On Tuesday, Politico posted a hunch as part of its Playbook Power Briefing that all Twitter users were on track to get an upped character count sometime soon.

Select users on the social media site were granted 280 characters per tweet back in September and now the site is reportedly looking to expand that privilege to all users. Politico reported that “political operatives” had “caught wind of the change” on Tuesday.

As of Tuesday, some users had 280 characters at their disposal, but most were still working with just 140 to craft their tweets and ideas. The decision was made to allow for better expression on the side a post from Twitter said in a blog post in September. That blog post was accompanied by a post from Twitter CEO and co-founder, Jack Dorsey.

The roughly month-long trial period was meant to ensure that the increase in character allowance was a good fit for the side and worked well for the Twitter community, said the post. Assuming Twitter has deemed the increase a good tool for the community, it could start rolling out soon to all users.

The original 280 character announcement was met with some criticism from users, something that hasn’t changed much in the last month. On Tuesday users were taking to the platform to plead with their followers to not use the 280 characters for every tweet, even when they are granted with double what they’re used to. Other users were asking Twitter to not grant their followers the 280.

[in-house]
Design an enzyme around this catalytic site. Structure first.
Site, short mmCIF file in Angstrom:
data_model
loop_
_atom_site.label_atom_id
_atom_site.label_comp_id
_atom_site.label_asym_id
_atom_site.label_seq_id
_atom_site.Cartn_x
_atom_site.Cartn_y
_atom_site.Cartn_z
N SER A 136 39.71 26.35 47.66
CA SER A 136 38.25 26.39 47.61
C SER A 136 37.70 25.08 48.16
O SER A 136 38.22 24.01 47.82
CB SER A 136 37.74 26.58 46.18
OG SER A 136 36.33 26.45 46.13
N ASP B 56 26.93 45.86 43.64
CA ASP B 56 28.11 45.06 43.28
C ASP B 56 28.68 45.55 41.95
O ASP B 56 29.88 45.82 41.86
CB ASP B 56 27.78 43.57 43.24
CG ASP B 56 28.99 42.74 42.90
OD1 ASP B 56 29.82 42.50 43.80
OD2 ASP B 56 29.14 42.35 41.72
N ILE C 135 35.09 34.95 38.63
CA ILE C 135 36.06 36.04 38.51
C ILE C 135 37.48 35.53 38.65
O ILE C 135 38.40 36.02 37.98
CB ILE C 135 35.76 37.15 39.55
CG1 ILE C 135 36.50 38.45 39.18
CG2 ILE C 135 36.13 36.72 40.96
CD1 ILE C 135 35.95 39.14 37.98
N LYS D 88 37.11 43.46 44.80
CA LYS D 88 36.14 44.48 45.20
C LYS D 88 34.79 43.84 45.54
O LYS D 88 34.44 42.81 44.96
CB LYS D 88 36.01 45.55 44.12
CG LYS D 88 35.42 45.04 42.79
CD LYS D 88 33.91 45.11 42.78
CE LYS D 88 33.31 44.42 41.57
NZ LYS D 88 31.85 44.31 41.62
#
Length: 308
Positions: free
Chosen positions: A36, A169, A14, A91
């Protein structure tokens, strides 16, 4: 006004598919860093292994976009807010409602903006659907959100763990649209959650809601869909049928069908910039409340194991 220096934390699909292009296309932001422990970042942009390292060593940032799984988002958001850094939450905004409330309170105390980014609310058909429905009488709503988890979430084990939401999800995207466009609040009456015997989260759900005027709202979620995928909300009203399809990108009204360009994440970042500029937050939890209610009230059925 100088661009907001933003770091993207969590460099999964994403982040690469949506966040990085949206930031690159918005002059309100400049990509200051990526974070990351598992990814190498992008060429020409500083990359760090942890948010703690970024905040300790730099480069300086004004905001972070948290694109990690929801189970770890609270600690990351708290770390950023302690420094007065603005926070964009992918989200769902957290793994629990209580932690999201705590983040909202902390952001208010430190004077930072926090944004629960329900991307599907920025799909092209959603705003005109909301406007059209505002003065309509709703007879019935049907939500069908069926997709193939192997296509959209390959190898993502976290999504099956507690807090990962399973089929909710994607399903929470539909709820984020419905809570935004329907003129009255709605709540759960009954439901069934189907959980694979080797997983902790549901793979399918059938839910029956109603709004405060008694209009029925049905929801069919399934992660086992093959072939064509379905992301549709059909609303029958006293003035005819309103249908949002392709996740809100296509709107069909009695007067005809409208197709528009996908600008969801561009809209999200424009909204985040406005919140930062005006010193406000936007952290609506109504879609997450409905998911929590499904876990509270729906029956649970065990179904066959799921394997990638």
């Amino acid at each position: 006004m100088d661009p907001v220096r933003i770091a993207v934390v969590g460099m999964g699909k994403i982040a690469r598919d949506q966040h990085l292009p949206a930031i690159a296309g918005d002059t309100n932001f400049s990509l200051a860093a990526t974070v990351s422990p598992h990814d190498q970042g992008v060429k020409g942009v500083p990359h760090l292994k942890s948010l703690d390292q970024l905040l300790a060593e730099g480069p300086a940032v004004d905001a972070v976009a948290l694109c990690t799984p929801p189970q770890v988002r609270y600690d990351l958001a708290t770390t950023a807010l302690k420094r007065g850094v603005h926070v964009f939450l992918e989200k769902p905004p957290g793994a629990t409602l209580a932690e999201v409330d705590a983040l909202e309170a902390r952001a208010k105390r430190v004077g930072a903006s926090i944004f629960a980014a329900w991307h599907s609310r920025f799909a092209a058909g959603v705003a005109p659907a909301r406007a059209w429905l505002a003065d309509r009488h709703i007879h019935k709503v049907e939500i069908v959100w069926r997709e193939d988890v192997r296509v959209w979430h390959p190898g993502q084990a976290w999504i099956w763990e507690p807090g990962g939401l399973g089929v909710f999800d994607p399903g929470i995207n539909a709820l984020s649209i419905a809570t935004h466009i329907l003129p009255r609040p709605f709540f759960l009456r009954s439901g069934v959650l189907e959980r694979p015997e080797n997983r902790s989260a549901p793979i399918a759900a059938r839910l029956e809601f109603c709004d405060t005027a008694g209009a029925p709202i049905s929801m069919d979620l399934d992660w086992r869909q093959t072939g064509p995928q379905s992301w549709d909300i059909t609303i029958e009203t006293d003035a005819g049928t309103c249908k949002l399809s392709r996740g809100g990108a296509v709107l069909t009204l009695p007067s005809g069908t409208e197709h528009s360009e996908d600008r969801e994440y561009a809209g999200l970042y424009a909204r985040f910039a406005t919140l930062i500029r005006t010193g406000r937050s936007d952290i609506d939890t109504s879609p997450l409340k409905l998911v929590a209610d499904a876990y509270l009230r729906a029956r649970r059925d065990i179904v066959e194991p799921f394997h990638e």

Other people were saying that they didn’t even read the entirety of 280 character tweets.

While others said with the change, the site would be too much like Facebook.

Some users had already found a way to get 280 characters even if the site hadn’t granted it to them. This is thanks to a userscript in Chrome that allowed users to access the double character limit and use it for any tweet they send while running the script. Even though this trick has made its rounds in the last month, many people still choose not to have 280 characters.

As of Tuesday at 3 p.m. EDT Twitter had not released an official statement on the change.

Update 3:42 p.m. EDT: "We have nothing new to share at this time about our 280 character limit test. We are continuing to watch, learn, and observe how this test impacts the service," a Twitter spokesperson told International Business Times.